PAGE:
Author: Bram Stoker*
Adapted by: Naunerle Farr
Illustrated by: Nestor Redondo
First published: unknown**
* Whilst the book lists Bram Stoker, the inclusion of him as author seems, on the surface, somewhat generous given the liberties taken with the story. However some of the dialogue is lifted from the original novel.
** The edition I have (Pendulum Press Ltd) states 1981. There is a Saddleback Edition (with the illustrations coloured) that states 2006. Whether there was an earlier edition is unknown.
This is a cut down, graphic version of Bram Stoker’s novel designed for children and – on the face of it – for use in school libraries. The end of the book carries “words to know” – such as bloodthirsty and chapel – and a list of questions – such as “Why did Dracula throw away the mirror?”
That said, the ‘about the author’ preface is both strange and laughable at the same time – given the target of the book. Strange in that quoting Montague Summers and listing his bibliography in respect of vampires seems an odd direction when aiming for school kids as an audience. Laughable as it teaches them that in 1847, when Stoker was born, reports of vampirism were rampant – that would seem to be more relevant to the vampire scares over a century earlier. It is also somewhat inaccurate to suggest that Stoker only wrote one other novel – Lair of the White Worm – he wrote several novels, though perhaps it is true to say that they are little known nowadays.
As occurs when Dracula is adapted, characters are curtailed. In this case the book illustrates the main players at the head of the story. We have Dracula (just as well), Jonathon Harker, Dr Van Helsing, Mina and Lucy. Seward and Holmewood appear in actually quite minor roles, though Arthur is still engaged to Lucy, stakes her and kills Dracula with Jonathon.The book begins with Jonathon already locked in the castle, and then flash backing to his journey. Strangely, aspects that are often lost – such as Mrs Westenra’s heart attack when the wolf smashes the window and her maids being drugged – are actually included within the tale.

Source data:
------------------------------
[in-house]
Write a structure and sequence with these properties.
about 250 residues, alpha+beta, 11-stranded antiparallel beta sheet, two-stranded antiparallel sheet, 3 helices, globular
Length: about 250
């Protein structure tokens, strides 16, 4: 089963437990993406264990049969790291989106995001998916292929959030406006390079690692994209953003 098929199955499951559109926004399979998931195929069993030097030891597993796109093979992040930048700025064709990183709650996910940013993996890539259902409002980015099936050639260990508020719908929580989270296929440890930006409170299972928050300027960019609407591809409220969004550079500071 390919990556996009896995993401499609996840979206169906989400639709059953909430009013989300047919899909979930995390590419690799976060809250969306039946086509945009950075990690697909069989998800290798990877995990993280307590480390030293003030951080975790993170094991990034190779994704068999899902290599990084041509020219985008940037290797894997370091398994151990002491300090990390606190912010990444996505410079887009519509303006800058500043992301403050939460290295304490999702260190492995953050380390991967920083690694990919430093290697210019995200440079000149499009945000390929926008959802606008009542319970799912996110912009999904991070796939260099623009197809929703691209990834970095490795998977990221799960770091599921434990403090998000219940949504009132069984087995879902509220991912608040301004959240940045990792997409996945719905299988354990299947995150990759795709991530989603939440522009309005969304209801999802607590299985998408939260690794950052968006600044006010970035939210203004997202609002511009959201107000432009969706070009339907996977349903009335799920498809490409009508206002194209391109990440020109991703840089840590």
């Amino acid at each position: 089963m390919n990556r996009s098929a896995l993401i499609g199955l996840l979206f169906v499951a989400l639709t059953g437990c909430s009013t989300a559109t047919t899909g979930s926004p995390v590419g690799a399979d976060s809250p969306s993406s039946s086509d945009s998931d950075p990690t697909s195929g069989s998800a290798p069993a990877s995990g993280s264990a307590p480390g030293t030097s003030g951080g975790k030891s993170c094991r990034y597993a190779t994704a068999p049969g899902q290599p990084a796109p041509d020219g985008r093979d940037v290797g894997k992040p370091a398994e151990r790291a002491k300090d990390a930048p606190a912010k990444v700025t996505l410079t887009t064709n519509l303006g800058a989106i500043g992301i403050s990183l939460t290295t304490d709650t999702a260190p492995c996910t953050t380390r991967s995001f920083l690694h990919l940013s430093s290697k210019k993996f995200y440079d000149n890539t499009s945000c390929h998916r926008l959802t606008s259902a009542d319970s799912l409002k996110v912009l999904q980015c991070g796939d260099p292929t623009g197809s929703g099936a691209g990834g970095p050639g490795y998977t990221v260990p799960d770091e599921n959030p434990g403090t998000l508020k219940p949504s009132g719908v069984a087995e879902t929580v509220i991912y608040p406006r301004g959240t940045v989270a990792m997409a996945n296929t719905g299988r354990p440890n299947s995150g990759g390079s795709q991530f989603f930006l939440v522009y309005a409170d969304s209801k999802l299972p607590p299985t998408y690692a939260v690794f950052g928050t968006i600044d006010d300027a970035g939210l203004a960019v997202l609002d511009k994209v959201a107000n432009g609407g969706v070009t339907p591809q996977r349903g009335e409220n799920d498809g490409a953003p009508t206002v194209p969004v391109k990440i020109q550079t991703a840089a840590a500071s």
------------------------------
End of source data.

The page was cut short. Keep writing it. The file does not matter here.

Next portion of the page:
The illustrations are vaguely reminiscent of the style also used in Marvel’s Stoker’ Dracula, though I prefer the Marvel illustrations and, generally, the Marvel version is more worthwhile – being as it is more accurate as a retelling. That is not to say that the illustrations are poor, indeed some where quite lovely.
However, this was designed for children, it does bring the novel into range for them, introduces them to vampires and adds bloodthirsty into their vocabulary. As a first introduction, coming in at under 60 pages (for the actual graphic) this is quite good. For an adult – if you were to spot it around – I would say it is worthwhile as a part of a wider collection. I have seen the Saddleback version and I found the inking sloppy and the colours garish – personally I would say look out for the book in Black and White. 5 out of 10.
Saturday, February 14, 2009
Author: Bram Stoker*